Infectious mononucleosis (mono) is colloquially referred to as “the kissing disease” because the virus behind it is transmitted through saliva. While saliva is exchanged when you plant a kiss on someone else, you can also be exposed to the virus via a sneeze or cough, as well as sharing utensils or a glass with someone infected with mono. You’ll be relieved to know, however, that mono isn’t quite as contagious as infections like the common cold.
Young adults and adolescents are the populations who are most likely to present all of the disease’s symptoms, and young children usually present with few signs of it; because of this, the infection will often go unrecognized. The virus’s incubation period is usually between four and six weeks, though it’s often shorter in young children. Mono’s symptoms could include:
- Skin rash
- Swollen tonsils
- A sore throat, which could be misdiagnosed as strep throat, but doesn’t resolve after a course of antibiotics
- Swollen lymph nodes in your armpits and neck
Another, more serious potential complication of mono is an enlarged spleen (splenomegaly). When your spleen is enlarged, it begins to filter both normal and abnormal blood cells. This reduces the number of healthy blood cells that are circulating in your bloodstream. The spleen also begins to hold on to too many platelets, which function to clot your blood. As excess platelets and red blood cells build up within your spleen, it could become clogged. If left untreated, splenomegaly could tamper with the normal function of your spleen and even damage or destroy parts of the spleen itself.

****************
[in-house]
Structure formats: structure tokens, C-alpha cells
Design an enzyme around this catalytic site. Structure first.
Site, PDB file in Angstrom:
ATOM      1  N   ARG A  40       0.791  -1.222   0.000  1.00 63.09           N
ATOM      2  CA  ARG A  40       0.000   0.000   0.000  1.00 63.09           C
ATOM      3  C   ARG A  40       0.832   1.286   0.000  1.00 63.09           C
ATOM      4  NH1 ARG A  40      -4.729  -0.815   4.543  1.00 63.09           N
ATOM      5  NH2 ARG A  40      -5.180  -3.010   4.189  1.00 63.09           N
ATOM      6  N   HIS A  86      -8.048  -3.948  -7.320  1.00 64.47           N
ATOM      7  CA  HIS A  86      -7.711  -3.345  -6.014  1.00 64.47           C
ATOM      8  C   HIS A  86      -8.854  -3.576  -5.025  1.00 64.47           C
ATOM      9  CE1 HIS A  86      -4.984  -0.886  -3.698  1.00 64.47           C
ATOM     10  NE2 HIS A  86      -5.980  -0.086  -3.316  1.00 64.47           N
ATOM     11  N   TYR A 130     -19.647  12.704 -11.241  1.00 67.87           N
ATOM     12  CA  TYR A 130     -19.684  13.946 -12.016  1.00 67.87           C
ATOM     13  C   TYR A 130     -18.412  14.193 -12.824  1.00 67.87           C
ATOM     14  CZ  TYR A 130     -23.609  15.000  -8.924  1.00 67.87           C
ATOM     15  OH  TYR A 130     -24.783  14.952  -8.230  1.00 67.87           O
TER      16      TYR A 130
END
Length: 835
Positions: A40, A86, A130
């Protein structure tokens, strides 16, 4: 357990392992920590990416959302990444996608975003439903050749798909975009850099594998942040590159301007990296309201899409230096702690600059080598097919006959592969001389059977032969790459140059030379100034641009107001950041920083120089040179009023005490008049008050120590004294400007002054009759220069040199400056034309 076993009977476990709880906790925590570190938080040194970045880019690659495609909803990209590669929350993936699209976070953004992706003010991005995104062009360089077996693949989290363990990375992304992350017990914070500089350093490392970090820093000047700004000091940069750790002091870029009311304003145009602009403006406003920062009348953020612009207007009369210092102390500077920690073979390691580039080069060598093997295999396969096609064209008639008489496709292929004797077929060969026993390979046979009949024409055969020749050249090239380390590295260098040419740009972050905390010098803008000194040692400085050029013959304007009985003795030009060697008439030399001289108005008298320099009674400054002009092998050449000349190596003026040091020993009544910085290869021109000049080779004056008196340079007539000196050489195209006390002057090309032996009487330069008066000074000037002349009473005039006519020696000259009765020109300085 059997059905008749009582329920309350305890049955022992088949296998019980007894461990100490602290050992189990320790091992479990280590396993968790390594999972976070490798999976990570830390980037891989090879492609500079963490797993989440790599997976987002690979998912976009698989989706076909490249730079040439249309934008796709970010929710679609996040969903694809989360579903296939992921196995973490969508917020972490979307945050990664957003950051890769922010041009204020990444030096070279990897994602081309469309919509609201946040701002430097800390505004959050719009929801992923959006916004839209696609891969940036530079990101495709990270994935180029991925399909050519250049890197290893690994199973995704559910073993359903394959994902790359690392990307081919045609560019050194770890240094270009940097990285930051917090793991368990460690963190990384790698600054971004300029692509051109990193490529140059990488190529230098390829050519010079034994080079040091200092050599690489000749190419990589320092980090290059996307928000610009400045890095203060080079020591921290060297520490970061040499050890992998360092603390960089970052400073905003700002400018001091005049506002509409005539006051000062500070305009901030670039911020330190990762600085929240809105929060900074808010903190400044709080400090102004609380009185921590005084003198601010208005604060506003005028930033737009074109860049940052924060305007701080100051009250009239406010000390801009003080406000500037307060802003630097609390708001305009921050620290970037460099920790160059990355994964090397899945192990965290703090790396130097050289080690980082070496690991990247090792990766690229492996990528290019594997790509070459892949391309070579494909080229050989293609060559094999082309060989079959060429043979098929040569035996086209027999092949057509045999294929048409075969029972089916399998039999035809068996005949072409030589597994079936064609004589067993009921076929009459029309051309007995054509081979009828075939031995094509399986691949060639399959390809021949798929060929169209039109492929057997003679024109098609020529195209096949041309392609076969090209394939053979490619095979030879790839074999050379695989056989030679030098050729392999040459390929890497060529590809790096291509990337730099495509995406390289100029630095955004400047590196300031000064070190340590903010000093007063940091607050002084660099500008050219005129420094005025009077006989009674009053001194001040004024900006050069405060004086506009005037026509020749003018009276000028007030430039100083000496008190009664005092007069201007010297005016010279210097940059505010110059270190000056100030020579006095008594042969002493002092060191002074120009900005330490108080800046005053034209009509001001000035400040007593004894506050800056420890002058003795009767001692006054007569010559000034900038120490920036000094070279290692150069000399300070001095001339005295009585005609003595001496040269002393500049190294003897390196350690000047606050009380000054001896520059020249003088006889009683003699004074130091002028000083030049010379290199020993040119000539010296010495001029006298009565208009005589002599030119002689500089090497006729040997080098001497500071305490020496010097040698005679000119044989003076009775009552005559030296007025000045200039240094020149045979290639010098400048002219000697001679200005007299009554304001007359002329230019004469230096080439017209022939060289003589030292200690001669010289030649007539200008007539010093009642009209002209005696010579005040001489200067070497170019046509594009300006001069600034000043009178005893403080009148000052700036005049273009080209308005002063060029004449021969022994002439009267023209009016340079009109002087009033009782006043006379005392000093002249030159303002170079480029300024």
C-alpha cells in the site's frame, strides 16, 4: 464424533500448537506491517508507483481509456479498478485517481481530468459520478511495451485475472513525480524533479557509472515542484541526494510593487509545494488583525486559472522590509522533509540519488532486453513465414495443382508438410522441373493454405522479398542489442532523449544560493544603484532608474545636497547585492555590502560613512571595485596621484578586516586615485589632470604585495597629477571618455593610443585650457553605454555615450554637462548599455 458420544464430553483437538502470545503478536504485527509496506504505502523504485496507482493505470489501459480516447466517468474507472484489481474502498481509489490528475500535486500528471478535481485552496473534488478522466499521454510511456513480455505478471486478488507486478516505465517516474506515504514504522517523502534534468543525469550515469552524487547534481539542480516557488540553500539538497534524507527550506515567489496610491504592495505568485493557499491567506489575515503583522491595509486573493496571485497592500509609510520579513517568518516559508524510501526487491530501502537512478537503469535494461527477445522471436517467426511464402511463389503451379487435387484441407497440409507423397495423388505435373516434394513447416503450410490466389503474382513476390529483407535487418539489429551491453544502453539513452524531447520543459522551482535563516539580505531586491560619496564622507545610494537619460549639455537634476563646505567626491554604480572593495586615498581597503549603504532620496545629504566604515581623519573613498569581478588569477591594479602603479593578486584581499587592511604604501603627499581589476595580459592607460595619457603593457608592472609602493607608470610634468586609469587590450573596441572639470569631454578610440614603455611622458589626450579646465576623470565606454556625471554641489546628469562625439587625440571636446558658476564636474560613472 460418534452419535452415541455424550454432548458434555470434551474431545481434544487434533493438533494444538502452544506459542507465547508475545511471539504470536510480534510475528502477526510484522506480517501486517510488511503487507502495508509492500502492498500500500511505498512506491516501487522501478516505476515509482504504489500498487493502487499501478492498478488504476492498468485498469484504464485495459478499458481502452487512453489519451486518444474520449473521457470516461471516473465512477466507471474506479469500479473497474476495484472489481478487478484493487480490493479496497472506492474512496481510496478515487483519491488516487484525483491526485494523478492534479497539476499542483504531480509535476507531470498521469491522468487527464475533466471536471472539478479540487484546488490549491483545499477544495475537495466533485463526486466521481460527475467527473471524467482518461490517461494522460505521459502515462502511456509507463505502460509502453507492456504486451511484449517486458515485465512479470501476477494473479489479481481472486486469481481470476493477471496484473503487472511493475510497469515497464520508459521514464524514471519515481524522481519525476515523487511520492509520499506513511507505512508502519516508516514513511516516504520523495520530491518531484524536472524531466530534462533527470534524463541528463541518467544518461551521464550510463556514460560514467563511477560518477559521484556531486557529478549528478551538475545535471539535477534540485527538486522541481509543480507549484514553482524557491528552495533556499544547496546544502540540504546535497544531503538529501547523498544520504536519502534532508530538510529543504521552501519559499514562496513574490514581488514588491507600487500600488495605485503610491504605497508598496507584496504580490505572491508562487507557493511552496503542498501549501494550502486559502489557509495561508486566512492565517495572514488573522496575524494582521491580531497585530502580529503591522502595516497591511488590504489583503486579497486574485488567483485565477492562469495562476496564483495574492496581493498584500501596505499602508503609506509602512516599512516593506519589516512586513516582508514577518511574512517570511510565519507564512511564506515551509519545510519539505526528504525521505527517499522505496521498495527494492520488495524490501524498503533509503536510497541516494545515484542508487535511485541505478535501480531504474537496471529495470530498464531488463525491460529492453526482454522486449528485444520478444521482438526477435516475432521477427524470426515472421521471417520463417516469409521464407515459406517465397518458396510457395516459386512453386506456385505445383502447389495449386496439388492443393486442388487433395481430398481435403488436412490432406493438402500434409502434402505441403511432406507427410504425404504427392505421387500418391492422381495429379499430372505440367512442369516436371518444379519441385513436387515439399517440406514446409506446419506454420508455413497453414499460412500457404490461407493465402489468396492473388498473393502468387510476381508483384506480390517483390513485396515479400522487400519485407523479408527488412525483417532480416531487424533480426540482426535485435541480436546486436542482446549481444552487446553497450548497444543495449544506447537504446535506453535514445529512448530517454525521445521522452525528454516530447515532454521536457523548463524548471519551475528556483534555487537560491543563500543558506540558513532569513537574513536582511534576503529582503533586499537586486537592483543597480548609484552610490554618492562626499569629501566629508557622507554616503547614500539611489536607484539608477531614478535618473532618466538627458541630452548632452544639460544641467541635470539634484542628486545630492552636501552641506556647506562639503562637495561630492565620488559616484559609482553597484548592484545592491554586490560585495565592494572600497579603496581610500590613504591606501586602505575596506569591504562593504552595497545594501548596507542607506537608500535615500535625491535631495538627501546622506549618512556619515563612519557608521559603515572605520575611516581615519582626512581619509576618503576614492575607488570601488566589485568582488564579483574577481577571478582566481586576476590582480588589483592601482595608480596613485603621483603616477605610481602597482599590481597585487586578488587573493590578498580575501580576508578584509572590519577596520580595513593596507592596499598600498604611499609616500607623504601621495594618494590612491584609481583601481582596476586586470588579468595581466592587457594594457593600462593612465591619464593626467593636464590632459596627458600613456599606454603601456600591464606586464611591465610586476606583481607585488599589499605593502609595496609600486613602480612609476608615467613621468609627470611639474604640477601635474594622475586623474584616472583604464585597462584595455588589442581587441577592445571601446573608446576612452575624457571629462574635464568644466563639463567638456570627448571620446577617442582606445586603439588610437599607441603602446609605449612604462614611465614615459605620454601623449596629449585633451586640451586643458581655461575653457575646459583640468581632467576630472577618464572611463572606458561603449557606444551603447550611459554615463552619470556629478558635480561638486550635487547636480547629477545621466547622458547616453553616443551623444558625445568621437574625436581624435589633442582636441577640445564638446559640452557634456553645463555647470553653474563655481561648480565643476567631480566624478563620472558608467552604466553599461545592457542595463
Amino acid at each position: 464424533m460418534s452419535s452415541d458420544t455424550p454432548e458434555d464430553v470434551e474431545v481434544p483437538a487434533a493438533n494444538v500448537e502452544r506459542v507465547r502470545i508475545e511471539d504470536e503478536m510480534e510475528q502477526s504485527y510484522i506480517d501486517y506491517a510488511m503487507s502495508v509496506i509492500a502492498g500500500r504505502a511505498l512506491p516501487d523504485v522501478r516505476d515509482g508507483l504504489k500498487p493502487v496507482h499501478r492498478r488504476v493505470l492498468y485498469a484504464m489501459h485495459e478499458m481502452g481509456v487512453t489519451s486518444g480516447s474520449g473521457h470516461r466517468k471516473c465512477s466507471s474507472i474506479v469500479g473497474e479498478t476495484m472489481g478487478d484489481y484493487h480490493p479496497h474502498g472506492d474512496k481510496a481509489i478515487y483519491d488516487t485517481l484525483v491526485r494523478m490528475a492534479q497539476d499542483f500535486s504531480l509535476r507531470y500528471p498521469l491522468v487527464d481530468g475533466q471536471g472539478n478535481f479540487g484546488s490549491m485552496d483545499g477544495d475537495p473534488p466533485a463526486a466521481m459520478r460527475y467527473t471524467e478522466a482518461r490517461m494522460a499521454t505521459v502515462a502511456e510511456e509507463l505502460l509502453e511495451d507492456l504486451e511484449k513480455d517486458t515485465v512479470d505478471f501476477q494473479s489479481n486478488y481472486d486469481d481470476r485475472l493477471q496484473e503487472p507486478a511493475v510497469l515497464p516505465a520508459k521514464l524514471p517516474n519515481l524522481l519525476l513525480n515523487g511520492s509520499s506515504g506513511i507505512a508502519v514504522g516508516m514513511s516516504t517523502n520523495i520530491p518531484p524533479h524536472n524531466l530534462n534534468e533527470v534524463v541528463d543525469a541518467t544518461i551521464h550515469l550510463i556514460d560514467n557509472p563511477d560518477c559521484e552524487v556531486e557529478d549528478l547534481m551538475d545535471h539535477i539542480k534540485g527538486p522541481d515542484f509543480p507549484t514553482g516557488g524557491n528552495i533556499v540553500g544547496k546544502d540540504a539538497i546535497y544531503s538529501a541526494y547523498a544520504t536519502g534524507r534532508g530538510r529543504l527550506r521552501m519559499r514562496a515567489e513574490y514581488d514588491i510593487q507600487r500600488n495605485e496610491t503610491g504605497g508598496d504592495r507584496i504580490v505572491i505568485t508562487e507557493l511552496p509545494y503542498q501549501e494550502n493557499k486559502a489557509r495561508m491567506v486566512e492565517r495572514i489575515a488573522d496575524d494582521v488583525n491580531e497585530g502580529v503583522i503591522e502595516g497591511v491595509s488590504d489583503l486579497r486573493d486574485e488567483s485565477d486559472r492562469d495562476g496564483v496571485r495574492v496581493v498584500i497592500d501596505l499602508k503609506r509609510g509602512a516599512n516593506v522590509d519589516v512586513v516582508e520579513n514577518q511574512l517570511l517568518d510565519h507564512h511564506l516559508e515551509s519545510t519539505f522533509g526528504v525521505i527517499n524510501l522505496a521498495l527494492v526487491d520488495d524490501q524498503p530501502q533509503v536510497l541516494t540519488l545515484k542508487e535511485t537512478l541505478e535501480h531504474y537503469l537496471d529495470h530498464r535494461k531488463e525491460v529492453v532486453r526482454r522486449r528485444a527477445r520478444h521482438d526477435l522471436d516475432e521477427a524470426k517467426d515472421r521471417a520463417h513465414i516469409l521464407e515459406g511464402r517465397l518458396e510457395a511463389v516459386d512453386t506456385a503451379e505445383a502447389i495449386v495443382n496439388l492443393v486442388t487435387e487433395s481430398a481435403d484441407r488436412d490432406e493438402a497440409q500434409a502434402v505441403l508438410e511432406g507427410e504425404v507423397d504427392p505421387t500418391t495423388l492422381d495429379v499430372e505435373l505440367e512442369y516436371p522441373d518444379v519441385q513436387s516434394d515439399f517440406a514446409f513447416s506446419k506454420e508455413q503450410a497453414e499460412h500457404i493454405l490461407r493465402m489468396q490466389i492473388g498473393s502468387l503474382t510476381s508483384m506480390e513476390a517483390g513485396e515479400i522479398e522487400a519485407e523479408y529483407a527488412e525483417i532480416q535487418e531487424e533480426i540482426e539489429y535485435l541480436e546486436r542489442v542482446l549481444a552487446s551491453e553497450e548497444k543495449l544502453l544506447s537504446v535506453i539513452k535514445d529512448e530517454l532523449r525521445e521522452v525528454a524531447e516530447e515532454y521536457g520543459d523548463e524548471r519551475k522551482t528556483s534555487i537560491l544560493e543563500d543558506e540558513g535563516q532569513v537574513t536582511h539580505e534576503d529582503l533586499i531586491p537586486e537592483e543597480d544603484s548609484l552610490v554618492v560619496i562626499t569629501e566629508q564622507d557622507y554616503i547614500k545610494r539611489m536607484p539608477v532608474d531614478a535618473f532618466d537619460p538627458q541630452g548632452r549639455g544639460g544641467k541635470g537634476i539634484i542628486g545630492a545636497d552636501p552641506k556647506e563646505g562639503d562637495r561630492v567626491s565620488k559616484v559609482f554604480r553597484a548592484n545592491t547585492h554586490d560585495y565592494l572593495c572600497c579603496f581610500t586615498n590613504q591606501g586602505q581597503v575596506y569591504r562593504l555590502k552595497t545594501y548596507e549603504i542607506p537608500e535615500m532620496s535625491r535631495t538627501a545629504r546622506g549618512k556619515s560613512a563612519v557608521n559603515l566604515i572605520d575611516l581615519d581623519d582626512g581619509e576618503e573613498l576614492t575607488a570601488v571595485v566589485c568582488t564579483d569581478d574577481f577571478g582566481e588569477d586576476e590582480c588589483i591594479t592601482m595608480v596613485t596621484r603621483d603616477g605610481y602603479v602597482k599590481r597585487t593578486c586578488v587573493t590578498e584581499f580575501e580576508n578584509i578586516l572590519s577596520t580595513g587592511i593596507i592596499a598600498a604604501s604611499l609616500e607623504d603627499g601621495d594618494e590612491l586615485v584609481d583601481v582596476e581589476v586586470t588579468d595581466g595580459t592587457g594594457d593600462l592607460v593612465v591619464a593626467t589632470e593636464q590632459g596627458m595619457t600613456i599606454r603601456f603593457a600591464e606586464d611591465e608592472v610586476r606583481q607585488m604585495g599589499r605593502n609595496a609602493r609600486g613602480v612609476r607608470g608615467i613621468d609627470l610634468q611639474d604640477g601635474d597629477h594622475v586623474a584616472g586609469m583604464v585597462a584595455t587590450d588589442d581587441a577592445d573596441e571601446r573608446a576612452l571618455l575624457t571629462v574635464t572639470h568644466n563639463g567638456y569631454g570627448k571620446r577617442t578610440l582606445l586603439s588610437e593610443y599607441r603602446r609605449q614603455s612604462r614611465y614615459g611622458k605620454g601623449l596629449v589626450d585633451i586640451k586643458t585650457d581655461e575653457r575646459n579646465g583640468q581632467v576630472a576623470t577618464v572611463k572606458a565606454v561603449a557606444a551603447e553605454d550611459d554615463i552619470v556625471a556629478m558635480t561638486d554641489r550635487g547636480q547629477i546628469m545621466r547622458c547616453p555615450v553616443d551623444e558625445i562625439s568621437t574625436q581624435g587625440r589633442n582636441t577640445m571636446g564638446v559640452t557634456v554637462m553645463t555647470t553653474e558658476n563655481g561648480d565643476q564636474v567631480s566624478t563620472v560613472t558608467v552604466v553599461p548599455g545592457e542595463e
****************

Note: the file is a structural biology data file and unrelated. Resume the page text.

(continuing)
While a fever and sore throat associated with mono generally lessen within a couple of weeks, enlarged lymph nodes, fatigue, and a swollen spleen could continue for a few weeks or perhaps even longer.
Certain Ezra MRI scans may detect splenomegaly from mononucleosis or other conditions. If you’re interested in learning more, you may do so at the following link.